General Motors’ robotaxi division, Cruise, has taken a major step in autonomous transportation with the launch of a new self-driving vehicle adapted for people with disabilities. Called the Cruise WAV, this state-of-the-art vehicle offers easy access to wheelchair users.
The Cruise WAV is a derivative of the company’s Origin driverless car, which is distinguished by its lack of a traditional steering wheel and pedals. The innovative design allows passengers to face each other comfortably. Notably, Cruise is still awaiting a landmark regulatory approval from the National Highway Traffic Safety Administration (NHTSA) to deploy these driverless vehicles. A petition filed by Cruise last year sought permission to release up to 2,500 Origin vehicles annually, with the NHTSA’s verdict expected shortly.
Cruise plans to start a pilot program for the WAV next year, subject to receiving the necessary regulatory green lights. This initiative will begin its testing phase in closed courses from next month. This measure addresses ongoing criticism of ride-hailing and robotaxi services for their insufficient number of wheelchair-accessible vehicles. Shortages often result in long wait times for users with disabilities.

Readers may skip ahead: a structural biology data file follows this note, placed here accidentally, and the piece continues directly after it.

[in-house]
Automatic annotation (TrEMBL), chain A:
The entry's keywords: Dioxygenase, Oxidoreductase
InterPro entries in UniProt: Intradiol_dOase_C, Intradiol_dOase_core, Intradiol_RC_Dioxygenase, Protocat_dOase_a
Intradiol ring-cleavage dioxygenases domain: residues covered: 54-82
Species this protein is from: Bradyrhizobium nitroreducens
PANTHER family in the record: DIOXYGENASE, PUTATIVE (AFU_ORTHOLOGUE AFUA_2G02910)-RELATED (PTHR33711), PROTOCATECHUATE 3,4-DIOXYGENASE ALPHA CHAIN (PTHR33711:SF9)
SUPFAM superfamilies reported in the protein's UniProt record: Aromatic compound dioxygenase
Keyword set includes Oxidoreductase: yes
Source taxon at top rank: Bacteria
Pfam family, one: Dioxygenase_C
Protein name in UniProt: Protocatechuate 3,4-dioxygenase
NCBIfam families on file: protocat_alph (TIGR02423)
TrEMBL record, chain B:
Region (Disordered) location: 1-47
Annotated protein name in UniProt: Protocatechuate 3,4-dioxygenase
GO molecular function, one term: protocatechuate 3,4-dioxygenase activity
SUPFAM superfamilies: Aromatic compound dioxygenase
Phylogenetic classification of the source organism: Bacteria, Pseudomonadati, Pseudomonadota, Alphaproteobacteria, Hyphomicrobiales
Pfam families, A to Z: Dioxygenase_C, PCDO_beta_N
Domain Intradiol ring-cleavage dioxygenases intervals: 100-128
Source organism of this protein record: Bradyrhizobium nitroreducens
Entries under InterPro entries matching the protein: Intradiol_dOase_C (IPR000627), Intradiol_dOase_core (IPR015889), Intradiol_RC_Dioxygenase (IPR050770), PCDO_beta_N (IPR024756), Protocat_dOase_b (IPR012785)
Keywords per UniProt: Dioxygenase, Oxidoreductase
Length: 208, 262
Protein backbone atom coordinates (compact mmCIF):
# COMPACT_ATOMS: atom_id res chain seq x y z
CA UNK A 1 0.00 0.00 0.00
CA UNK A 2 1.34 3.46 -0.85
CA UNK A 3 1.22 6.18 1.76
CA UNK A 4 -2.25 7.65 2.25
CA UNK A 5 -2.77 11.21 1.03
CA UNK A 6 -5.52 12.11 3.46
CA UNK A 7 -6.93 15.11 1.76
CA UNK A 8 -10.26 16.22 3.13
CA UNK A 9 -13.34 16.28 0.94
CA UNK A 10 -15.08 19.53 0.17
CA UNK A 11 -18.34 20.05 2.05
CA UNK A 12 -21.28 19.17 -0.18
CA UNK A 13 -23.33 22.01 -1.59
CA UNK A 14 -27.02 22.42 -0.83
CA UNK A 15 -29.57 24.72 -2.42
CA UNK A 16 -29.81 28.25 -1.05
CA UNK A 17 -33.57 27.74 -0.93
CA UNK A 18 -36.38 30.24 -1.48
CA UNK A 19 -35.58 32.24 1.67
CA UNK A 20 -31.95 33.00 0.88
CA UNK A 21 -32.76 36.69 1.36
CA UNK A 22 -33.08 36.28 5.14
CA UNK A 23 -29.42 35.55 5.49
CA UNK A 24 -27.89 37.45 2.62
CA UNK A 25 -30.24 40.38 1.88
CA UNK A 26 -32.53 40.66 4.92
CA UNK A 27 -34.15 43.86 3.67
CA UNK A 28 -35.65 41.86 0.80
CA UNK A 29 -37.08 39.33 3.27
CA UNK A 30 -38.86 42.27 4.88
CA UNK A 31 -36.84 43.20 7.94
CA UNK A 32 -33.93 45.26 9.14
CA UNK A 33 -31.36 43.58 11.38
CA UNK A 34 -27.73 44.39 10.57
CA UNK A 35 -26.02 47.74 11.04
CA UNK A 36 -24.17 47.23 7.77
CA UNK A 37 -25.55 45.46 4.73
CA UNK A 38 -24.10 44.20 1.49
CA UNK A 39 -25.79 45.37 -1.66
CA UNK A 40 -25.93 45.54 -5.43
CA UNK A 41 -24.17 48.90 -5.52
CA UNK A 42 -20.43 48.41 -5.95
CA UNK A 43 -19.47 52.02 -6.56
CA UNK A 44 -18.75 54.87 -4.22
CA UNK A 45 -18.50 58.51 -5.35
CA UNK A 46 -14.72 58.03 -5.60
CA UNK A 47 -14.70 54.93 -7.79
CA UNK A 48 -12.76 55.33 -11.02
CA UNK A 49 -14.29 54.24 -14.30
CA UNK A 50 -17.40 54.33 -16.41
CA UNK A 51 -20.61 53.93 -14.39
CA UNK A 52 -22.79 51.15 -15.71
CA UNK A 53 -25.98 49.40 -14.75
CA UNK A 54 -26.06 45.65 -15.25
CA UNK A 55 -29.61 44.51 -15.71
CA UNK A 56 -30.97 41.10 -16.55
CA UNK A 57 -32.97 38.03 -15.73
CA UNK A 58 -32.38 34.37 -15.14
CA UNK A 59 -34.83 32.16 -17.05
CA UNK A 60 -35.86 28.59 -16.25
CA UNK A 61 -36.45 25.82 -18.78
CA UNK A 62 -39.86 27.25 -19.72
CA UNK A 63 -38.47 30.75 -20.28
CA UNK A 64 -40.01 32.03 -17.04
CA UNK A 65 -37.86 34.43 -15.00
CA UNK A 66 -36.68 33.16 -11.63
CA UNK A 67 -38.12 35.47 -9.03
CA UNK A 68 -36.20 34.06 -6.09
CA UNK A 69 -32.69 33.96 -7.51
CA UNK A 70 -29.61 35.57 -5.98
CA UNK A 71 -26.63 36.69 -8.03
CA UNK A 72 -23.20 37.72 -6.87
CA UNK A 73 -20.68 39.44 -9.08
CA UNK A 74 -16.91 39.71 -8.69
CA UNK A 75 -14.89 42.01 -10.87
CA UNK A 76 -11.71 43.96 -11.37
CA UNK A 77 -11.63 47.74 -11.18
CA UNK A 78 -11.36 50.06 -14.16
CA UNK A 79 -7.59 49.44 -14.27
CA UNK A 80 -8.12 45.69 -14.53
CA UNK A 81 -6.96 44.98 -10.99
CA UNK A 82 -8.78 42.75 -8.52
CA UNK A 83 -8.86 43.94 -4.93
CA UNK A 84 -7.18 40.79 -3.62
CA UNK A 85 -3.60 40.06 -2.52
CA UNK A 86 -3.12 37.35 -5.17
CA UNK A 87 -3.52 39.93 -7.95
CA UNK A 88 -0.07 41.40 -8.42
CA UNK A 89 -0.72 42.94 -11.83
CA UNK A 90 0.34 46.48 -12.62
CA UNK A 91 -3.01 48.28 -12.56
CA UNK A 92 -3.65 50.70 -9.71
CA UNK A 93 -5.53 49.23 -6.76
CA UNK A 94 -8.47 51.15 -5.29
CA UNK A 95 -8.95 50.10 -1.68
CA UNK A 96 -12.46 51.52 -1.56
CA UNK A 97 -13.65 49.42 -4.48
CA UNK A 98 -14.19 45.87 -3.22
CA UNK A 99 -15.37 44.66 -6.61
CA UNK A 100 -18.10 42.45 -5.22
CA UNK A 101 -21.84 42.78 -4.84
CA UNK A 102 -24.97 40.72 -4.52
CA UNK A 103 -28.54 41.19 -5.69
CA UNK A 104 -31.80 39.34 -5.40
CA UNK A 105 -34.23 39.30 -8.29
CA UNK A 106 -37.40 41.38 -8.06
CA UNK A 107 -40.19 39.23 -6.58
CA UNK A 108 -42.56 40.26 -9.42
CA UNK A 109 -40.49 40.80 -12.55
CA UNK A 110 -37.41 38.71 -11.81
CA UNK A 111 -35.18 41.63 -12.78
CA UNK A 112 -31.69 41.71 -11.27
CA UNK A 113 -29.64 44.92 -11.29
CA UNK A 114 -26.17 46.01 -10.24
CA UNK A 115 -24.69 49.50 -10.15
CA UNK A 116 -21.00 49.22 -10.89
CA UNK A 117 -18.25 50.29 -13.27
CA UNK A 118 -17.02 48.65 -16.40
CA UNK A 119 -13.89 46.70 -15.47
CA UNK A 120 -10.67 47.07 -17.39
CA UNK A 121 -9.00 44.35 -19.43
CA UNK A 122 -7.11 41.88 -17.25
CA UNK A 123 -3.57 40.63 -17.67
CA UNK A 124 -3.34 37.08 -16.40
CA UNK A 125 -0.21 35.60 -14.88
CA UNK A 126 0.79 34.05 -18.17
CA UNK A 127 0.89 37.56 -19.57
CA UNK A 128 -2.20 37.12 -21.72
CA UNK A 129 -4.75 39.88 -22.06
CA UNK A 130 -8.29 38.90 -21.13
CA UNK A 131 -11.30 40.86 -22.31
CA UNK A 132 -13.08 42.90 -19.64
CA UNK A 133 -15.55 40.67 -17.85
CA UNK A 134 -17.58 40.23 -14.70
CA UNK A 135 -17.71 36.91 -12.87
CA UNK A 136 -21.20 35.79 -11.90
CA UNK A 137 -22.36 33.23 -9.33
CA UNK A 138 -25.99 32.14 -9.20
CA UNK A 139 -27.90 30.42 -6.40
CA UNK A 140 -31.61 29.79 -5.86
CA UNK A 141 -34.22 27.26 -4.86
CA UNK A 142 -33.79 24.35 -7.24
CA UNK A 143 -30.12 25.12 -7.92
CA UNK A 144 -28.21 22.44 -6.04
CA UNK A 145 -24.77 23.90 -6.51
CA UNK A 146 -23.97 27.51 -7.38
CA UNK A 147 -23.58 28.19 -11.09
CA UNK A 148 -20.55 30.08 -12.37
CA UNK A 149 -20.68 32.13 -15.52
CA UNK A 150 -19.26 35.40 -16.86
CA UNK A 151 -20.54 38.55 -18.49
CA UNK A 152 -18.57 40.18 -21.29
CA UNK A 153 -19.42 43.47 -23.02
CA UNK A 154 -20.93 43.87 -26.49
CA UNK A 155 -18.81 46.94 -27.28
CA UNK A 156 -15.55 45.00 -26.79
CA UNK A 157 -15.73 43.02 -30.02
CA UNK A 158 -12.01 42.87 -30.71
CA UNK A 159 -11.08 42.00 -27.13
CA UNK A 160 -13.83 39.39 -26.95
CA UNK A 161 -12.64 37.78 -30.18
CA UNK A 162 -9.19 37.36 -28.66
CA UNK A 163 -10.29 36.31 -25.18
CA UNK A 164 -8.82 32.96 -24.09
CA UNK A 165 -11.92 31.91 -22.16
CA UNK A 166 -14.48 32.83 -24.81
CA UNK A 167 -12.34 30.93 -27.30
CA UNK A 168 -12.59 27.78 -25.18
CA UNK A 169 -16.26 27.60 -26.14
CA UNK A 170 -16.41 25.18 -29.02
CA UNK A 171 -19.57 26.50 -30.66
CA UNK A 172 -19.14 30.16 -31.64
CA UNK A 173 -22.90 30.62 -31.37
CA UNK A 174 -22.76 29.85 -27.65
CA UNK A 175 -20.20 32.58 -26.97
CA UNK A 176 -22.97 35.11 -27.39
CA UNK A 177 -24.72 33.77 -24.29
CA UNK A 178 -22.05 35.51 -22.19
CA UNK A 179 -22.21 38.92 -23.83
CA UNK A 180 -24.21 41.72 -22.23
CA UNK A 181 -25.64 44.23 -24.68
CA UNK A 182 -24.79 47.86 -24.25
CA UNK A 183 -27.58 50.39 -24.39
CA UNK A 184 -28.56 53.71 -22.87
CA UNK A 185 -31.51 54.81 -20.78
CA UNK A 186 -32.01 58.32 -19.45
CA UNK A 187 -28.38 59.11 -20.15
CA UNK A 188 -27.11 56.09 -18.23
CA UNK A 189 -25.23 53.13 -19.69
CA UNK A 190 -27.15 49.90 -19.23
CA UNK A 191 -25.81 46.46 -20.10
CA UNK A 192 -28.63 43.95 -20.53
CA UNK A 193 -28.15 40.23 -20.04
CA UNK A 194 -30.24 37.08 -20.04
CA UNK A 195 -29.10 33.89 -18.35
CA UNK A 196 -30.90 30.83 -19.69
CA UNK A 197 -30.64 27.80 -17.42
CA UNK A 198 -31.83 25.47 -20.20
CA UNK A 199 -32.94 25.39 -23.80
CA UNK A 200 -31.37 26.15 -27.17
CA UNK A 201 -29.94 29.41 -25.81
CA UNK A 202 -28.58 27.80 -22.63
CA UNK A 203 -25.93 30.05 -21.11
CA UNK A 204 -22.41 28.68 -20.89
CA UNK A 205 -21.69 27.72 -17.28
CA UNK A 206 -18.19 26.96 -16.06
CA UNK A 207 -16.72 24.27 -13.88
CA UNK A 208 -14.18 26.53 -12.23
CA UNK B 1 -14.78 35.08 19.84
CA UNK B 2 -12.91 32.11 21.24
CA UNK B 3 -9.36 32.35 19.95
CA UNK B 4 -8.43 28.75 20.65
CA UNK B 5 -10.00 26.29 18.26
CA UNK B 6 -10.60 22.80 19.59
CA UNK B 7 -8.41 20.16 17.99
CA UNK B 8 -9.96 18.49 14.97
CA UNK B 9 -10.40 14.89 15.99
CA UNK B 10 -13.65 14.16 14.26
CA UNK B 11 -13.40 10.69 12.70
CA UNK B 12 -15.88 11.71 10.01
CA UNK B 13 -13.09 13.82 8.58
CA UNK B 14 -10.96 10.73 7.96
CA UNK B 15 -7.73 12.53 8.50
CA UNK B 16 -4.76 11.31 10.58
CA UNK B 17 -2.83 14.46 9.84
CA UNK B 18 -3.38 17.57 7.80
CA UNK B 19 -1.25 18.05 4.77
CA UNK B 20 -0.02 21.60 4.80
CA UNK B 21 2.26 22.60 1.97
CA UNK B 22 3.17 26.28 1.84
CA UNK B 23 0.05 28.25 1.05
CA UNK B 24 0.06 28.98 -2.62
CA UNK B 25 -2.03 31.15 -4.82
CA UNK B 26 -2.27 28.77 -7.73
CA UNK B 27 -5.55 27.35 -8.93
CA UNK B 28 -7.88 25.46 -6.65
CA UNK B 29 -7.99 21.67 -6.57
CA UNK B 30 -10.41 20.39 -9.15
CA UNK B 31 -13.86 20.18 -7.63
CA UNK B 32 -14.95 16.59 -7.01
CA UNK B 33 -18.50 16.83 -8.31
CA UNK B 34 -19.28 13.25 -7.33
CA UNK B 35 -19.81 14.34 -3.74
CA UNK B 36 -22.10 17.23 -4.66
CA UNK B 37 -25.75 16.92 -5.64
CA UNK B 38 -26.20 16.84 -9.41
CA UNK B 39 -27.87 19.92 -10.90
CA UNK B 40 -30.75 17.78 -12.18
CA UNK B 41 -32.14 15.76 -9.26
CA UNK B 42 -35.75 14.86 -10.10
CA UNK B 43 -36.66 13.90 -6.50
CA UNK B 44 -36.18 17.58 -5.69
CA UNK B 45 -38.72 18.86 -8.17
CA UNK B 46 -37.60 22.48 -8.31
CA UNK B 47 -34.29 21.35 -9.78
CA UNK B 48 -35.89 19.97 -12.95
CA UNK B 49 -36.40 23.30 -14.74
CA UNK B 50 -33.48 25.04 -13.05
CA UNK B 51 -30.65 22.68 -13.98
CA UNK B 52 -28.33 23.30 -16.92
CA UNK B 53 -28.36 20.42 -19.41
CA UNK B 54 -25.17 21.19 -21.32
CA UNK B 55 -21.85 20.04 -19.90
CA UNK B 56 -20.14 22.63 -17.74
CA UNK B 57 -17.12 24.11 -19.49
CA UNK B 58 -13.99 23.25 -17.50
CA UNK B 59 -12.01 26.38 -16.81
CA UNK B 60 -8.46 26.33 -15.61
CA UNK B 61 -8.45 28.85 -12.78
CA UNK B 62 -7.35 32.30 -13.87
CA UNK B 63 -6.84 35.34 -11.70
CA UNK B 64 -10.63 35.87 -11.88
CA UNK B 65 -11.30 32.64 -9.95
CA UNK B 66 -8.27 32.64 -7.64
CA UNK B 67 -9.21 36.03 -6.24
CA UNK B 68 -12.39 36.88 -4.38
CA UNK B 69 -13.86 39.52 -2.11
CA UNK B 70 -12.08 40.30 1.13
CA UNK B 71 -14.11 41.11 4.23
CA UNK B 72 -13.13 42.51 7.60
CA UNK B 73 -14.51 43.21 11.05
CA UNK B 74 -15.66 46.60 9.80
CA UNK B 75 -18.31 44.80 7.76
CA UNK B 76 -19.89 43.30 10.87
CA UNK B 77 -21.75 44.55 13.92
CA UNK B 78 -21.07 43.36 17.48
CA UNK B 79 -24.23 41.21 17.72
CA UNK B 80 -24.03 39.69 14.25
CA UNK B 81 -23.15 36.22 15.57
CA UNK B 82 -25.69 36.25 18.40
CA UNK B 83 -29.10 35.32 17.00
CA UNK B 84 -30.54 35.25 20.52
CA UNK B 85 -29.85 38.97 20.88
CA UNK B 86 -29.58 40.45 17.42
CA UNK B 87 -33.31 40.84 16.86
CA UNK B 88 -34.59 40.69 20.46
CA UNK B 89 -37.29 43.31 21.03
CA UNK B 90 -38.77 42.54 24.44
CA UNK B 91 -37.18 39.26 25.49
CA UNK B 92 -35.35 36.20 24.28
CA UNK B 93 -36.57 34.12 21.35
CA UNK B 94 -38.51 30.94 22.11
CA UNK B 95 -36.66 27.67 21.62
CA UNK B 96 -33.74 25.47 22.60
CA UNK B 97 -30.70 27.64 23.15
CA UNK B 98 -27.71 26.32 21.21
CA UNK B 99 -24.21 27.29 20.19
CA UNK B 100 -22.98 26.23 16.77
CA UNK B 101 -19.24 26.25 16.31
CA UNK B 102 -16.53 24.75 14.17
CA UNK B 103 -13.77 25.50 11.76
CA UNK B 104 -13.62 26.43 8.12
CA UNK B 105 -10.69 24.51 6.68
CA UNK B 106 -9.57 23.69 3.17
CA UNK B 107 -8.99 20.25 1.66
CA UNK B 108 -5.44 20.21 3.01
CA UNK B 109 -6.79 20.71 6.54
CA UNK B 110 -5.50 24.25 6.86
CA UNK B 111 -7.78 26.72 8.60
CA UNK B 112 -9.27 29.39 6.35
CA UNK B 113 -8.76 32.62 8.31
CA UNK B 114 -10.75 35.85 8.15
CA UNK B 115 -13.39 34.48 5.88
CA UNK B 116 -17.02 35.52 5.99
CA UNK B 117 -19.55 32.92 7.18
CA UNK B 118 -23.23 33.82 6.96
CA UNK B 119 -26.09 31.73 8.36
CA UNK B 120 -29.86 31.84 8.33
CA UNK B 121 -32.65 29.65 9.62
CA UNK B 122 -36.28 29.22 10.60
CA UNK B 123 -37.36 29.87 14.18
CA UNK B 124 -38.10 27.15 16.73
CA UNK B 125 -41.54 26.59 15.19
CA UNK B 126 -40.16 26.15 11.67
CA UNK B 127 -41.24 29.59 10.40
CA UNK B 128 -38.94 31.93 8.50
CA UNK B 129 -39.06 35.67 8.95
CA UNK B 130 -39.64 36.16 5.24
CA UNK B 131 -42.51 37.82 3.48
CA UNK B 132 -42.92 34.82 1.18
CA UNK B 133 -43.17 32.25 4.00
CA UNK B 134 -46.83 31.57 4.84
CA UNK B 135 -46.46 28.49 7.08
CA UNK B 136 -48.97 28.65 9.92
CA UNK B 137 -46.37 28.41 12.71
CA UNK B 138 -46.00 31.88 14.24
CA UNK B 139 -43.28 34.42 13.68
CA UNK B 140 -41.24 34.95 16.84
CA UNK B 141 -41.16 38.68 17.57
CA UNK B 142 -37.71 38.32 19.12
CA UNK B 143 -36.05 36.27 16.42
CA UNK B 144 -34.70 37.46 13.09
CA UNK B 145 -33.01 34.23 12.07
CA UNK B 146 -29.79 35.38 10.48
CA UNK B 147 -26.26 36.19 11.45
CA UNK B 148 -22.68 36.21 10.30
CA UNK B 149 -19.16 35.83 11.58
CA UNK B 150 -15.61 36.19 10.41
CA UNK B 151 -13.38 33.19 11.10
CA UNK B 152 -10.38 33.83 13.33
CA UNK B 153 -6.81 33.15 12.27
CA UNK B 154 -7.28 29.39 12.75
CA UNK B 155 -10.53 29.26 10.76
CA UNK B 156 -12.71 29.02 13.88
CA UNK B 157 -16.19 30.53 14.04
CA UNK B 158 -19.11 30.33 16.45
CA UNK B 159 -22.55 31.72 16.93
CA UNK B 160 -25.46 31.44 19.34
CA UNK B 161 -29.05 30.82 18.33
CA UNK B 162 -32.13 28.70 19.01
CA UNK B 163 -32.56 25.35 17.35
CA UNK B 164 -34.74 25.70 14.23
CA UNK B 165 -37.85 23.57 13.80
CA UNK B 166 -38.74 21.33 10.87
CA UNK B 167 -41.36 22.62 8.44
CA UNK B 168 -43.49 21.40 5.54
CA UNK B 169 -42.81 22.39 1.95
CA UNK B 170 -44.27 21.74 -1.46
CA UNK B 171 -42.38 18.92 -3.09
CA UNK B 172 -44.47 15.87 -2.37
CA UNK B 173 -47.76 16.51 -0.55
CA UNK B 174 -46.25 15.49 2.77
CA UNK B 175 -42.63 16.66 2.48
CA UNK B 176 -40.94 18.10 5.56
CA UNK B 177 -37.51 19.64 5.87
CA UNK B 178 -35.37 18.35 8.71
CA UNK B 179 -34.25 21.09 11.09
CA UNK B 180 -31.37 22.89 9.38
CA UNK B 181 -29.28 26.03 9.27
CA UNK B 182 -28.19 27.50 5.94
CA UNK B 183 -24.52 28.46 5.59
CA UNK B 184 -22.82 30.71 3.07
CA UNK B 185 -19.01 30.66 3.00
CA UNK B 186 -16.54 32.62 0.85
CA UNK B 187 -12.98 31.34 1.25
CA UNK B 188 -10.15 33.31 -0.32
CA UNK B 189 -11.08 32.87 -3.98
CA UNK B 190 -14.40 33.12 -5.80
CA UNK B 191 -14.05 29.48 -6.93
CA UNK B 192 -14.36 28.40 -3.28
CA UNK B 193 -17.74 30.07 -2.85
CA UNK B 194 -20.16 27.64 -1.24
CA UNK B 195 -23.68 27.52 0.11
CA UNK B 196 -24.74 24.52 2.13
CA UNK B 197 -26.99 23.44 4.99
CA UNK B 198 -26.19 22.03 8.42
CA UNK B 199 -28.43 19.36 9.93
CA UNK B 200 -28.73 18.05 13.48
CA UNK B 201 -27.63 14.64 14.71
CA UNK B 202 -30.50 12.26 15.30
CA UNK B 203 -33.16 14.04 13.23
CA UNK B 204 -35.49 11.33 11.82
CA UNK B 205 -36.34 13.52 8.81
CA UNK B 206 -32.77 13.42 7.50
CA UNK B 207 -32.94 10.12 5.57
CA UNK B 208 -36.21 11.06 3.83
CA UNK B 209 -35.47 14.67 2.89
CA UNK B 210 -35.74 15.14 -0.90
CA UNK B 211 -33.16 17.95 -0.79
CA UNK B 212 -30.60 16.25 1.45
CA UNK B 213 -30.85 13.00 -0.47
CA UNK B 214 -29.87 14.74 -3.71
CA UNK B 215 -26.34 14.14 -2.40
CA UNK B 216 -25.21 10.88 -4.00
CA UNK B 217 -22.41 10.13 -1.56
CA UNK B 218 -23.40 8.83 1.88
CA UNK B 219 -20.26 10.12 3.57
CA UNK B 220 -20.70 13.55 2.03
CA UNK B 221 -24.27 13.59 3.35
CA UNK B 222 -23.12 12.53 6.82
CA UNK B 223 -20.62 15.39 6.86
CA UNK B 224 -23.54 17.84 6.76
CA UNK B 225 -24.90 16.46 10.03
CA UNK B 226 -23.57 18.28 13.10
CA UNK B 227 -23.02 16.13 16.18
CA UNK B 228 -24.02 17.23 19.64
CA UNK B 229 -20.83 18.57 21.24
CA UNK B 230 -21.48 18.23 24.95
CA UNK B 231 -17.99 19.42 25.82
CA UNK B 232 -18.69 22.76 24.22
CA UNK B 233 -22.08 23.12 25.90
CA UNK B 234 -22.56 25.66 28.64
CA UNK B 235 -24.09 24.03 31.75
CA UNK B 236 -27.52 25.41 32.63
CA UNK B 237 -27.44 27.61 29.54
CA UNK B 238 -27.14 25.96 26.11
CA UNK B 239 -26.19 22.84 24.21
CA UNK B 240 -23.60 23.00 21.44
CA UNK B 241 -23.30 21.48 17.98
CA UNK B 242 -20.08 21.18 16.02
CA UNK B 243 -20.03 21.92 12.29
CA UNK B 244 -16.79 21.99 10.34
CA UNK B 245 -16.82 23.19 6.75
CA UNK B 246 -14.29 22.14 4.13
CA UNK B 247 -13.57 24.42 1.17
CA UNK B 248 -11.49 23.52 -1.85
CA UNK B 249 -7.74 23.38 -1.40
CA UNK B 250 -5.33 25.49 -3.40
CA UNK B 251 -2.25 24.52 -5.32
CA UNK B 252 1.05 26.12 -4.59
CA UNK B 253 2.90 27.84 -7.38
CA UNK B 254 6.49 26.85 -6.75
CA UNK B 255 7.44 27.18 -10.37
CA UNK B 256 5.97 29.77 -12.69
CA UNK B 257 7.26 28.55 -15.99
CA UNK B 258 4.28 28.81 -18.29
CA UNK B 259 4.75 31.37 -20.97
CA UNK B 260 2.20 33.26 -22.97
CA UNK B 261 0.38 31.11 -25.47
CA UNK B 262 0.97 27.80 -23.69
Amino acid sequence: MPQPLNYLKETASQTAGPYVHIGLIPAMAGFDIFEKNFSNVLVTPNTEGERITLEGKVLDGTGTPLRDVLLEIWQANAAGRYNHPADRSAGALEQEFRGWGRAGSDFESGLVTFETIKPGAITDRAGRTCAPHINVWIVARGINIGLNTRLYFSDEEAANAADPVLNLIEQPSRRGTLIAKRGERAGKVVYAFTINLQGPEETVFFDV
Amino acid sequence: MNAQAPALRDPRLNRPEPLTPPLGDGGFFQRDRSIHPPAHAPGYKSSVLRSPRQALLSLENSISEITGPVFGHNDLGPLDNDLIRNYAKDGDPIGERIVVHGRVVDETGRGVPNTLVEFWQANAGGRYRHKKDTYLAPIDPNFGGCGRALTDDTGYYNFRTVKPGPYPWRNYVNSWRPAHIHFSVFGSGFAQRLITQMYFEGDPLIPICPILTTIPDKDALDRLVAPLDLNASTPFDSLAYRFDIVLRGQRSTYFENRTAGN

This announcement comes at a crucial time for Cruise. Both Cruise and its competitor, Alphabet’s Waymo, recently obtained permits to operate their robotaxi around the clock in San Francisco and to charge for rides. However, this approval has not been without controversy, as both residents and municipal agencies have expressed concerns about the safety implications and possible disruptions to emergency services.
This article is sourced from and written by AI.
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